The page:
God's power to change us and to transform His church is undeniable. Let us trust him to continue His work of remaking us and let us pray for His strength to meet the tasks He has for each one of us.

Pushing the wrong button

I’ve had a Buttongate incident recently. Preparing a casserole for our Saturday evening meal, I turned the oven on to pre warm it while getting things ready.  Some 20 minutes later, concentrating closely as I’m wielding sharp instruments to prep some vegetables (with my record you never know), I open the oven door. It isn’t empty.

There’s a few (empty) baking trays, drying out after earlier washing. But there’re not alone. There’s a nice wooden chopping board in there, which is now a very hot nice chopping board in danger of spontaneous combustion. It’s slightly charred at the edges, smoking in the middle. I can’t hide the evidence as I have opened the oven door when Christine is in the kitchen. “Oh Stephen!” just about covers it. Well, it did steam a bit in the sink and one or two cracks have appeared ….offers to replace it with a plank out of the shed fell on deaf ears.

As attempts to get out of cooking go it’s way up the list but, with necessity being the mother of invention, I’m now allowed back. No chances have been taken: when left alone yesterday to prepare lunch, I discovered a handwritten note sellotaped to the oven door “Don’t turn on – birthday cake inside.”

Don’t worry, it’s safe, Sarah ate some a couple of days ago. It was still, noticeably, a yellow hued lemon sponge cake.

The events at home might appear to be a storm in a teacup for some but they are clearly a full blown “Doris” for others. However, it does make me think: what if some other individuals with their fingers on VIB’s (Very Important Buttons) were to press the wrong one?

The Church of England General Synod has recently discussed a report on human sexuality, produced by its Bishops. Although the overall vote was comfortably in favour of accepting the proposals, the voting system, which meant separate votes for the “Houses” of Laity, Clergy and Bishops, meant that the motion failed. It was the Clergy who provided the kick to Bishop Brennan’s posterior: after some sustained lobbying from various quarters, and an alliance involving some very unlikely bedfellows, they rejected the proposals by a very narrow margin.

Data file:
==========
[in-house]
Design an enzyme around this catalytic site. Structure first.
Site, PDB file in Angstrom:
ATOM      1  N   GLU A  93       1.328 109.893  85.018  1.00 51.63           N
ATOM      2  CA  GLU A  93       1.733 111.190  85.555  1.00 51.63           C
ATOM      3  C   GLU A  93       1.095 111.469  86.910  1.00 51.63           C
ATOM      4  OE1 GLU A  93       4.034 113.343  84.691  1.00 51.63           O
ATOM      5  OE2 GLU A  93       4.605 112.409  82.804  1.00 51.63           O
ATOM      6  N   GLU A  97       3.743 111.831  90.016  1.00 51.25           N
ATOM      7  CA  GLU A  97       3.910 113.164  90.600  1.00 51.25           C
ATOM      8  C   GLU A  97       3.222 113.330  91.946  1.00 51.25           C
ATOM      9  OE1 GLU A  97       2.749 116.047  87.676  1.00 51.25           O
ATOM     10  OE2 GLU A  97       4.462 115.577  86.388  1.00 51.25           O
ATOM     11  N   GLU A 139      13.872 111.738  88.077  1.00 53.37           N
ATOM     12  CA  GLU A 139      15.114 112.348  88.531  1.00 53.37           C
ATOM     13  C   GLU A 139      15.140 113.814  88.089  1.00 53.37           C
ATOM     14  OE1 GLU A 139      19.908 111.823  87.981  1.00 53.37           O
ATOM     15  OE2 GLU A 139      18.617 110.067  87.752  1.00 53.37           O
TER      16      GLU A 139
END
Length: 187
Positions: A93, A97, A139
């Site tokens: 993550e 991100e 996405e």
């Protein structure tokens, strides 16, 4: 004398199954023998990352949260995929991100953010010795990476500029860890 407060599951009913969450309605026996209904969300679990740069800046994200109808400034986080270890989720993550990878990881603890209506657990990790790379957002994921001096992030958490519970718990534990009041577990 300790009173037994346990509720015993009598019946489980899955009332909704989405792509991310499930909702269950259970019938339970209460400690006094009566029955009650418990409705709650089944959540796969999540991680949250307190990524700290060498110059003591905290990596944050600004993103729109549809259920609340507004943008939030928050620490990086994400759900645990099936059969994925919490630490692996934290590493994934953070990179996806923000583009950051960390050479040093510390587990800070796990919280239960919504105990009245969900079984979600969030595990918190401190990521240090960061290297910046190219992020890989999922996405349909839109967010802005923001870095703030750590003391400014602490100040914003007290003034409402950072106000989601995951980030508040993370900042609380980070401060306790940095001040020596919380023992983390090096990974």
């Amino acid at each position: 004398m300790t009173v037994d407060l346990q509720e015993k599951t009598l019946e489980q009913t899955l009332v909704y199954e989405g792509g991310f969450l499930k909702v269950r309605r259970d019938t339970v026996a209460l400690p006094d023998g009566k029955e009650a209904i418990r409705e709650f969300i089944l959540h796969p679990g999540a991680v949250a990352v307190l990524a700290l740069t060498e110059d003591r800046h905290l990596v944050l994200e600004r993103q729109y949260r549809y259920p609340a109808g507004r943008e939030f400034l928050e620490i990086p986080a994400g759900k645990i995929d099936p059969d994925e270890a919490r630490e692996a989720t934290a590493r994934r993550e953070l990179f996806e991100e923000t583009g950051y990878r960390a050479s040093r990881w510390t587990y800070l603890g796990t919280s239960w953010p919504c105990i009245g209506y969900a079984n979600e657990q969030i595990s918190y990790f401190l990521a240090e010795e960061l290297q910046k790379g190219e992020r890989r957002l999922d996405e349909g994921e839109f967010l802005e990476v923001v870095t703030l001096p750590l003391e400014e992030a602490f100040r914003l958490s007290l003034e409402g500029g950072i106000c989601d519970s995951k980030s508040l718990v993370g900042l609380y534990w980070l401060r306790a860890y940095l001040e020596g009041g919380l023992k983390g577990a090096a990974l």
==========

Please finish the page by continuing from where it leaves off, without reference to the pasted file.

The most bizarre thing, for me, was the discovery that one Bishop had voted against his own side in somewhat unusual circumstances. The Bishop of Coventry (for it was he) later admitted that, in the confusion, he’d pressed the wrong button on his little box and that he’d really meant to side with the rest of the Bishops all along.

Ok, I admit it. I’ve pressed a few wrong buttons in my time. That includes some interpersonal interactions (aka conversations) I wish I hadn’t had and some behaviours on various sporting fields I seriously regret with the passing of years. The one good thing is that I’ve been able to learn some serious lessons from this – something I hope the good bishop of Coventry also appreciates.

Theresa and Don take note: make sure it’s the right button you press. Some actions have far reaching consequences - the mistakes made by heads of state have a much greater impact than when we forget to seperate the recycling.  Remember: only press the red button when you're certain that you want to reset the heating not to eliminate all human life on earth: it’s the smaller of the two.


Here is the clock, the Trumpton clock. Telling the time, steadily, sensibly; never too quickly, never too slowly. Telling the time for Trumpton".

The opening song from the children's TV series from the 1970's. The rumour mill is on overdrive but is it real news or fake news? When will the clock finally stop across the Atlantic for a beleagured President?